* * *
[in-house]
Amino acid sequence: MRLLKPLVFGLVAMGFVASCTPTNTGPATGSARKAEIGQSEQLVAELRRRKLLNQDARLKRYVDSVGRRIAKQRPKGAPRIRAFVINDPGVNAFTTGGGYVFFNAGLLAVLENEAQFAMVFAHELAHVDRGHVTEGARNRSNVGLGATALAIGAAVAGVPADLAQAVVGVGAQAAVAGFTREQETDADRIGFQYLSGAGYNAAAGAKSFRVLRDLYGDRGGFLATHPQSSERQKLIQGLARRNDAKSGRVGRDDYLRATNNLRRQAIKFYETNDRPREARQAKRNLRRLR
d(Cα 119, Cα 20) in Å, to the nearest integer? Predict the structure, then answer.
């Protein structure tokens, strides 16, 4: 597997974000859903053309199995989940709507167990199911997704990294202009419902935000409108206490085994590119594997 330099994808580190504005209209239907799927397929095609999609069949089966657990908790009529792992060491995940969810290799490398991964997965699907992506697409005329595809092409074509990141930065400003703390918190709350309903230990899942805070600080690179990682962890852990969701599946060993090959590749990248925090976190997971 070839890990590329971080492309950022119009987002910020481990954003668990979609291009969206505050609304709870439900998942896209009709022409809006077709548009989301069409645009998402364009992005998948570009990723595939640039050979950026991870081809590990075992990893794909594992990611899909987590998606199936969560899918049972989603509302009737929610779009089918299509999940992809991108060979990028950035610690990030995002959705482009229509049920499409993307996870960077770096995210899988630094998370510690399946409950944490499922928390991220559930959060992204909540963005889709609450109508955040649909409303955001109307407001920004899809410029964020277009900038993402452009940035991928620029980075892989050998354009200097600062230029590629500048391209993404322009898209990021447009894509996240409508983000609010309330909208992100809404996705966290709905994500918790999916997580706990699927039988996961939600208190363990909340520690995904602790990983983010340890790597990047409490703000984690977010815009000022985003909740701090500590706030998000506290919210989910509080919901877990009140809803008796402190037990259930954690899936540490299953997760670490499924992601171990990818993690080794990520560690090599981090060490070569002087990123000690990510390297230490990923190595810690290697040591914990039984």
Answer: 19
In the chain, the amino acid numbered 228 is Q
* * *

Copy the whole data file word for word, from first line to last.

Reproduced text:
[in-house]
Amino acid sequence: MRLLKPLVFGLVAMGFVASCTPTNTGPATGSARKAEIGQSEQLVAELRRRKLLNQDARLKRYVDSVGRRIAKQRPKGAPRIRAFVINDPGVNAFTTGGGYVFFNAGLLAVLENEAQFAMVFAHELAHVDRGHVTEGARNRSNVGLGATALAIGAAVAGVPADLAQAVVGVGAQAAVAGFTREQETDADRIGFQYLSGAGYNAAAGAKSFRVLRDLYGDRGGFLATHPQSSERQKLIQGLARRNDAKSGRVGRDDYLRATNNLRRQAIKFYETNDRPREARQAKRNLRRLR
d(Cα 119, Cα 20) in Å, to the nearest integer? Predict the structure, then answer.
């Protein structure tokens, strides 16, 4: 597997974000859903053309199995989940709507167990199911997704990294202009419902935000409108206490085994590119594997 330099994808580190504005209209239907799927397929095609999609069949089966657990908790009529792992060491995940969810290799490398991964997965699907992506697409005329595809092409074509990141930065400003703390918190709350309903230990899942805070600080690179990682962890852990969701599946060993090959590749990248925090976190997971 070839890990590329971080492309950022119009987002910020481990954003668990979609291009969206505050609304709870439900998942896209009709022409809006077709548009989301069409645009998402364009992005998948570009990723595939640039050979950026991870081809590990075992990893794909594992990611899909987590998606199936969560899918049972989603509302009737929610779009089918299509999940992809991108060979990028950035610690990030995002959705482009229509049920499409993307996870960077770096995210899988630094998370510690399946409950944490499922928390991220559930959060992204909540963005889709609450109508955040649909409303955001109307407001920004899809410029964020277009900038993402452009940035991928620029980075892989050998354009200097600062230029590629500048391209993404322009898209990021447009894509996240409508983000609010309330909208992100809404996705966290709905994500918790999916997580706990699927039988996961939600208190363990909340520690995904602790990983983010340890790597990047409490703000984690977010815009000022985003909740701090500590706030998000506290919210989910509080919901877990009140809803008796402190037990259930954690899936540490299953997760670490499924992601171990990818993690080794990520560690090599981090060490070569002087990123000690990510390297230490990923190595810690290697040591914990039984």
Answer: 19
In the chain, the amino acid numbered 228 is Q